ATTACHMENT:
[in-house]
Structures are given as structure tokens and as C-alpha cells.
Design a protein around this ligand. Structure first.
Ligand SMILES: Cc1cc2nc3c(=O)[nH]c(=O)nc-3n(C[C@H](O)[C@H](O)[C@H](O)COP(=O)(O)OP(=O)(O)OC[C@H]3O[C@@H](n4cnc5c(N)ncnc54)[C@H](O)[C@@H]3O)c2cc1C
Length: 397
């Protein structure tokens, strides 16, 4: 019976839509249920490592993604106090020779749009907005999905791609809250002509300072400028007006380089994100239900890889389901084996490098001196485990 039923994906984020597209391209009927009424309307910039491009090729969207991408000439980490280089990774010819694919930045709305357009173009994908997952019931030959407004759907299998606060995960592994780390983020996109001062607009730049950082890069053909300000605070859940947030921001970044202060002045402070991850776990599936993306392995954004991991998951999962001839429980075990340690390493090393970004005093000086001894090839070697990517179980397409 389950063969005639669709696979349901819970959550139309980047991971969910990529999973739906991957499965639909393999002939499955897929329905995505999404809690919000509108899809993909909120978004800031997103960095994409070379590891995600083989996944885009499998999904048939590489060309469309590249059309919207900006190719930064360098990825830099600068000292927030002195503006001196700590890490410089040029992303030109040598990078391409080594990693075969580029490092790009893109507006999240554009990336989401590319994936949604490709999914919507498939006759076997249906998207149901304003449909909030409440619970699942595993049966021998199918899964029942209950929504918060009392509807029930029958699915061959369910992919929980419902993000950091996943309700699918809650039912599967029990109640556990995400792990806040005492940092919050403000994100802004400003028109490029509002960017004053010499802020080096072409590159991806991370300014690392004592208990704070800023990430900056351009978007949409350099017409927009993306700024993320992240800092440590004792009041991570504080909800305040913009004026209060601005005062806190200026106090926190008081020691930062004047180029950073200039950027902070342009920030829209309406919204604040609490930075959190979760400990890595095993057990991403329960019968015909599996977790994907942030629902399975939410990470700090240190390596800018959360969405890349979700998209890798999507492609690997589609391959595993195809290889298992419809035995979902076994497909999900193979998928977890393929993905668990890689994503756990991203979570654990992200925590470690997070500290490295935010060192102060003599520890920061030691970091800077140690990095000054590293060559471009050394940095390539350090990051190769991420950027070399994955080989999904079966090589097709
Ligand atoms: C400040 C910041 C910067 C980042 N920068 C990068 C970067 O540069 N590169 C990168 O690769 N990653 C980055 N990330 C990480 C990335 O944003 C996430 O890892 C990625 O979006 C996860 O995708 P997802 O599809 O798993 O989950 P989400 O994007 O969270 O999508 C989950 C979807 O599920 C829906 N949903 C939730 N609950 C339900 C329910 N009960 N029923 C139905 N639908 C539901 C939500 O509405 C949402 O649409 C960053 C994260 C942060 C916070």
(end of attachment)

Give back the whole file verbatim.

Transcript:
[in-house]
Structures are given as structure tokens and as C-alpha cells.
Design a protein around this ligand. Structure first.
Ligand SMILES: Cc1cc2nc3c(=O)[nH]c(=O)nc-3n(C[C@H](O)[C@H](O)[C@H](O)COP(=O)(O)OP(=O)(O)OC[C@H]3O[C@@H](n4cnc5c(N)ncnc54)[C@H](O)[C@@H]3O)c2cc1C
Length: 397
């Protein structure tokens, strides 16, 4: 019976839509249920490592993604106090020779749009907005999905791609809250002509300072400028007006380089994100239900890889389901084996490098001196485990 039923994906984020597209391209009927009424309307910039491009090729969207991408000439980490280089990774010819694919930045709305357009173009994908997952019931030959407004759907299998606060995960592994780390983020996109001062607009730049950082890069053909300000605070859940947030921001970044202060002045402070991850776990599936993306392995954004991991998951999962001839429980075990340690390493090393970004005093000086001894090839070697990517179980397409 389950063969005639669709696979349901819970959550139309980047991971969910990529999973739906991957499965639909393999002939499955897929329905995505999404809690919000509108899809993909909120978004800031997103960095994409070379590891995600083989996944885009499998999904048939590489060309469309590249059309919207900006190719930064360098990825830099600068000292927030002195503006001196700590890490410089040029992303030109040598990078391409080594990693075969580029490092790009893109507006999240554009990336989401590319994936949604490709999914919507498939006759076997249906998207149901304003449909909030409440619970699942595993049966021998199918899964029942209950929504918060009392509807029930029958699915061959369910992919929980419902993000950091996943309700699918809650039912599967029990109640556990995400792990806040005492940092919050403000994100802004400003028109490029509002960017004053010499802020080096072409590159991806991370300014690392004592208990704070800023990430900056351009978007949409350099017409927009993306700024993320992240800092440590004792009041991570504080909800305040913009004026209060601005005062806190200026106090926190008081020691930062004047180029950073200039950027902070342009920030829209309406919204604040609490930075959190979760400990890595095993057990991403329960019968015909599996977790994907942030629902399975939410990470700090240190390596800018959360969405890349979700998209890798999507492609690997589609391959595993195809290889298992419809035995979902076994497909999900193979998928977890393929993905668990890689994503756990991203979570654990992200925590470690997070500290490295935010060192102060003599520890920061030691970091800077140690990095000054590293060559471009050394940095390539350090990051190769991420950027070399994955080989999904079966090589097709
Ligand atoms: C400040 C910041 C910067 C980042 N920068 C990068 C970067 O540069 N590169 C990168 O690769 N990653 C980055 N990330 C990480 C990335 O944003 C996430 O890892 C990625 O979006 C996860 O995708 P997802 O599809 O798993 O989950 P989400 O994007 O969270 O999508 C989950 C979807 O599920 C829906 N949903 C939730 N609950 C339900 C329910 N009960 N029923 C139905 N639908 C539901 C939500 O509405 C949402 O649409 C960053 C994260 C942060 C916070």